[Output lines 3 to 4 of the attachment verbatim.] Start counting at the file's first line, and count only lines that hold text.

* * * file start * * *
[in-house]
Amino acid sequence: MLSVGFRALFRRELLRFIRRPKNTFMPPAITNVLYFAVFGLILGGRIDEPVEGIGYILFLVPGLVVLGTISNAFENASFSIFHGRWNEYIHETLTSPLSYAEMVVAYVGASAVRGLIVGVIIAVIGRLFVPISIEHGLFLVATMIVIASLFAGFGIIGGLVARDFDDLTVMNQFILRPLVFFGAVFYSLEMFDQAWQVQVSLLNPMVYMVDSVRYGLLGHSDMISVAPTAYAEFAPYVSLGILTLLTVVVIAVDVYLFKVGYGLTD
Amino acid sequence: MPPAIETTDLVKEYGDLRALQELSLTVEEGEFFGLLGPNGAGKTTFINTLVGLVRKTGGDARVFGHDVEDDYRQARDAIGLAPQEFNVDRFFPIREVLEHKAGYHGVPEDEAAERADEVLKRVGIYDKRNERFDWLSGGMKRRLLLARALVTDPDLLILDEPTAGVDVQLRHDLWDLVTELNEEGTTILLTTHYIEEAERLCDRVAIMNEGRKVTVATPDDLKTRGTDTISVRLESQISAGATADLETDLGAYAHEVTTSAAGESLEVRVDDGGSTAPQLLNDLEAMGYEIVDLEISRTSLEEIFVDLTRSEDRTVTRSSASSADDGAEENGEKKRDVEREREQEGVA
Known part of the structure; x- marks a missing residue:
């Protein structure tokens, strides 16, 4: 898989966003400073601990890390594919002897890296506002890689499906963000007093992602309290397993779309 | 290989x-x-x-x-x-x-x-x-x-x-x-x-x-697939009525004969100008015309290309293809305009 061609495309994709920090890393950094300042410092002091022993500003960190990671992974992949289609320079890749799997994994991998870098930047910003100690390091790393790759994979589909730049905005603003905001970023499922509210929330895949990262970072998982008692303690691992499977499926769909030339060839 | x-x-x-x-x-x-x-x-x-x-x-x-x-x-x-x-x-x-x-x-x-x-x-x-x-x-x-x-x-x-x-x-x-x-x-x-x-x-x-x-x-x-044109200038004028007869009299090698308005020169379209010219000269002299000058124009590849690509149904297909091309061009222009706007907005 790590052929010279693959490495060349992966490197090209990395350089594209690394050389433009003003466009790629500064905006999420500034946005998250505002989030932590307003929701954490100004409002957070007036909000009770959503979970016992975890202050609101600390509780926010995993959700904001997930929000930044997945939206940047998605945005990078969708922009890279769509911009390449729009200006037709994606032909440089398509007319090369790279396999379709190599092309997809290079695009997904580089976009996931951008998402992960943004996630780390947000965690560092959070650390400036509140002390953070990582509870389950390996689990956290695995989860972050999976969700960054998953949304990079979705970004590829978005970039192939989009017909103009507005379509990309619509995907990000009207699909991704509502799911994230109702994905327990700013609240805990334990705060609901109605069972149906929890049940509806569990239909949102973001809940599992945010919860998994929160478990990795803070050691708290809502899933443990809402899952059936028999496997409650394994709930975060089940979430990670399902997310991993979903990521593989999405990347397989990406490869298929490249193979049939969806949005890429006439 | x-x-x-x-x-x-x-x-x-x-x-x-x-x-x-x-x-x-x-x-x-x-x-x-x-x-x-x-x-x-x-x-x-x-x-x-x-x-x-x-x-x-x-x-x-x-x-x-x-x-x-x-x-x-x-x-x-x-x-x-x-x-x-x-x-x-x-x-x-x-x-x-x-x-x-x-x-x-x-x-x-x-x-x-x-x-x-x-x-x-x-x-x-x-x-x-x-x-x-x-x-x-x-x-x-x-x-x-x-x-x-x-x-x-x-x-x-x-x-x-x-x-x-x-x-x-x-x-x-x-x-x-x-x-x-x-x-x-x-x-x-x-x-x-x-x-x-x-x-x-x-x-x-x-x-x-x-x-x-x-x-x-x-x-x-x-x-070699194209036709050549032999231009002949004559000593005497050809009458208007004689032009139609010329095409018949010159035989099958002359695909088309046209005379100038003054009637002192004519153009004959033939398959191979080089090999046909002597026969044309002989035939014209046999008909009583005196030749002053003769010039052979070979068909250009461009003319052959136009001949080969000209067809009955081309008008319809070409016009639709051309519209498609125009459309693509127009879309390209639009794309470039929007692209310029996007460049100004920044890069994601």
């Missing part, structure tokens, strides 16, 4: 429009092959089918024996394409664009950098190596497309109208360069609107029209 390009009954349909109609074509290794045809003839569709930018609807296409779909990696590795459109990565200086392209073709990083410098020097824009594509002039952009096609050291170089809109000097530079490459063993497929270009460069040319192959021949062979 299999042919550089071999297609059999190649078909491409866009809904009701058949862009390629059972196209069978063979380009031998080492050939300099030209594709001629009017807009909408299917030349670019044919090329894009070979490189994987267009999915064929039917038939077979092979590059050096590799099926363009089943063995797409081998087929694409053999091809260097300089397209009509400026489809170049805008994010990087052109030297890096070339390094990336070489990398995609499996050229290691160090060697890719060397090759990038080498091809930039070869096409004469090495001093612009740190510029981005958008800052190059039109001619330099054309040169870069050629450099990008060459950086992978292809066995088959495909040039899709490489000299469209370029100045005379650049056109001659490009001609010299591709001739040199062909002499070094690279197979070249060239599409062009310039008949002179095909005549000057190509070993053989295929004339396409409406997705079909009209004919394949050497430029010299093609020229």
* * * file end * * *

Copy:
Amino acid sequence: MPPAIETTDLVKEYGDLRALQELSLTVEEGEFFGLLGPNGAGKTTFINTLVGLVRKTGGDARVFGHDVEDDYRQARDAIGLAPQEFNVDRFFPIREVLEHKAGYHGVPEDEAAERADEVLKRVGIYDKRNERFDWLSGGMKRRLLLARALVTDPDLLILDEPTAGVDVQLRHDLWDLVTELNEEGTTILLTTHYIEEAERLCDRVAIMNEGRKVTVATPDDLKTRGTDTISVRLESQISAGATADLETDLGAYAHEVTTSAAGESLEVRVDDGGSTAPQLLNDLEAMGYEIVDLEISRTSLEEIFVDLTRSEDRTVTRSSASSADDGAEENGEKKRDVEREREQEGVA
Known part of the structure; x- marks a missing residue: